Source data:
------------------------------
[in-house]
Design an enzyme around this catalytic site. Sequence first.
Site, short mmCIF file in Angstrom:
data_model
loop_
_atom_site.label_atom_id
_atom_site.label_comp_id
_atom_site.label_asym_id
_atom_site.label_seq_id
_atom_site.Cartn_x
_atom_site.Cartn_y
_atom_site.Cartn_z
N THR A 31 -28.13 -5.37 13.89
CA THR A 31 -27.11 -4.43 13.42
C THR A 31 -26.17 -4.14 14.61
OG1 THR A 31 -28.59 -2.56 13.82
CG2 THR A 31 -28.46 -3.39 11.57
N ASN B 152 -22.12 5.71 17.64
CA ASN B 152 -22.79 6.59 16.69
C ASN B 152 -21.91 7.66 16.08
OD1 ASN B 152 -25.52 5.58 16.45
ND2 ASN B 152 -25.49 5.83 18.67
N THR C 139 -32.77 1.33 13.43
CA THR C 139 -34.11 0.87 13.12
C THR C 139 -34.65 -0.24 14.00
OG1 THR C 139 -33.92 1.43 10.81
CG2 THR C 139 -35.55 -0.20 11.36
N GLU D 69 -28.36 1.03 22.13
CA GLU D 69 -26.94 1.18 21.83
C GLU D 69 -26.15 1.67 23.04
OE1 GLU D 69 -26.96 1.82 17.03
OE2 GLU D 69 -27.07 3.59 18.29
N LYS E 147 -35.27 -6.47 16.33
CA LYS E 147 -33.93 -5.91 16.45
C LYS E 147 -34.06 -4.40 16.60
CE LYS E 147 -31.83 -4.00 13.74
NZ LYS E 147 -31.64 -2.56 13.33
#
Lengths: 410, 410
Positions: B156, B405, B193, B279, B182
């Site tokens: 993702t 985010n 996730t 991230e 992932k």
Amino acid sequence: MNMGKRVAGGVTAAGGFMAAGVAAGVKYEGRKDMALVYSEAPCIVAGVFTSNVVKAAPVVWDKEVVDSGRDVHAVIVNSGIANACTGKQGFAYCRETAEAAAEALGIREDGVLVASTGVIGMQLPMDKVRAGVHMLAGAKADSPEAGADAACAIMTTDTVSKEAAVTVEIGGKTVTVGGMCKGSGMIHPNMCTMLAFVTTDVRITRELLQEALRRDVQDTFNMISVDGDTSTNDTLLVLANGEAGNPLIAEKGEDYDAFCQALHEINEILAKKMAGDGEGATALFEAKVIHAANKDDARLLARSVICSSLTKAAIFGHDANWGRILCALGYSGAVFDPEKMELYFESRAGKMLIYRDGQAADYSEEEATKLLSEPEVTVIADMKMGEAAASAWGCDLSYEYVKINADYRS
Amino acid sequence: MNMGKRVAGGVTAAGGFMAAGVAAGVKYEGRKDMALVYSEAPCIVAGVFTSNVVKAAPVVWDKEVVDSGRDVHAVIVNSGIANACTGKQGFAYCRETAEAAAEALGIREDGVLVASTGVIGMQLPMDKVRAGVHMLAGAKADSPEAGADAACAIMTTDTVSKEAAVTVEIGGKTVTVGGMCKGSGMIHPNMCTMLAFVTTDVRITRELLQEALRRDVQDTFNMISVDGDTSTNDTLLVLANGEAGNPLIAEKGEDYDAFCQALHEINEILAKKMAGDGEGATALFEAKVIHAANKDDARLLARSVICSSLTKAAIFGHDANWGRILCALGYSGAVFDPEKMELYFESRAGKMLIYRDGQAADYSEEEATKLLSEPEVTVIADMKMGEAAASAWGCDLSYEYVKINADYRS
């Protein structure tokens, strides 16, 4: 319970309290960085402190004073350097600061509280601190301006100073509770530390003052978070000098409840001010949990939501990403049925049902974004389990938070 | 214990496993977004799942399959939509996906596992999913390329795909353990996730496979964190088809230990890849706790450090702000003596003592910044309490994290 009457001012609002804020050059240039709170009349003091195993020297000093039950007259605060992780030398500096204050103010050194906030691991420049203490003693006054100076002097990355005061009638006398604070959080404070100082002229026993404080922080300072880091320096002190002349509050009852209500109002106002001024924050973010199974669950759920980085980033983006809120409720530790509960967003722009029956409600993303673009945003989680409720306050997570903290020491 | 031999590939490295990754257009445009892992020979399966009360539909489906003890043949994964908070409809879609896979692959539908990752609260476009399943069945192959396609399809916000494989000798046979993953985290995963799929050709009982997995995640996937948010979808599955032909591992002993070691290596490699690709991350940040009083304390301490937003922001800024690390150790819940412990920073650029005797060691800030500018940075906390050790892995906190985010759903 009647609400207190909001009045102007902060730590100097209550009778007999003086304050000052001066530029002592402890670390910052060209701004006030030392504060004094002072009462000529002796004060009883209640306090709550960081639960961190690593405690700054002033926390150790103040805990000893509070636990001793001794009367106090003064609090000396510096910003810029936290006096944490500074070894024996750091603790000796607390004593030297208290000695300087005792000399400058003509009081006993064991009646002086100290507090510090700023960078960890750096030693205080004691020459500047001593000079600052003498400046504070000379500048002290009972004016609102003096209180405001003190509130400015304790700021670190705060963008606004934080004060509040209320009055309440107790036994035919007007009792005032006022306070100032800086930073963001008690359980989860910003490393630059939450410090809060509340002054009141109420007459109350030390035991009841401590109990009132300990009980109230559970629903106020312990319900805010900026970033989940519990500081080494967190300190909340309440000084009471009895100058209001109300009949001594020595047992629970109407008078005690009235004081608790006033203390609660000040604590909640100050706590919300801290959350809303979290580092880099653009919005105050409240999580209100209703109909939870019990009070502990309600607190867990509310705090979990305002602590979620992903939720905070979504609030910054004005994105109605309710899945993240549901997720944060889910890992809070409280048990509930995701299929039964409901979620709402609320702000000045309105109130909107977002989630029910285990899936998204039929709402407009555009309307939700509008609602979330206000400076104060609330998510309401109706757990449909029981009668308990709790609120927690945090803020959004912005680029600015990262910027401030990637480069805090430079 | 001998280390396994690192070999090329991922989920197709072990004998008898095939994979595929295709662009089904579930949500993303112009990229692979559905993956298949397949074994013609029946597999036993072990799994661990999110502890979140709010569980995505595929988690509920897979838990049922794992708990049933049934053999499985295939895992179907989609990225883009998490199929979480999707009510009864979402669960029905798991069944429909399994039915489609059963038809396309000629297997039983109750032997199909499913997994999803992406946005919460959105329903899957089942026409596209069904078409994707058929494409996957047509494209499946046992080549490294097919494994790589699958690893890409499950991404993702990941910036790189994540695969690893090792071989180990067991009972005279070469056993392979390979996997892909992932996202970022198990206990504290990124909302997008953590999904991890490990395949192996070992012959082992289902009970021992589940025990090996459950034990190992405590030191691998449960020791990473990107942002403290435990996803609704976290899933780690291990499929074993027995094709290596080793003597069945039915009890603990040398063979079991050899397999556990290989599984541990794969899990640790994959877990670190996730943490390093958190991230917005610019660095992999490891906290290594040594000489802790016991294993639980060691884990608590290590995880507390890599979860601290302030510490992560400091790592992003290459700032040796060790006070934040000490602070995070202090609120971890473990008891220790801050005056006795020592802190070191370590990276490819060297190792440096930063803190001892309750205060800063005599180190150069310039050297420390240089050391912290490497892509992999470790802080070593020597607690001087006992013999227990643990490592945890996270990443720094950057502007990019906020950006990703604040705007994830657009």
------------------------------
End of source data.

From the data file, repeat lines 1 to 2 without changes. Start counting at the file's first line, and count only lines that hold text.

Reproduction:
[in-house]
Design an enzyme around this catalytic site. Sequence first.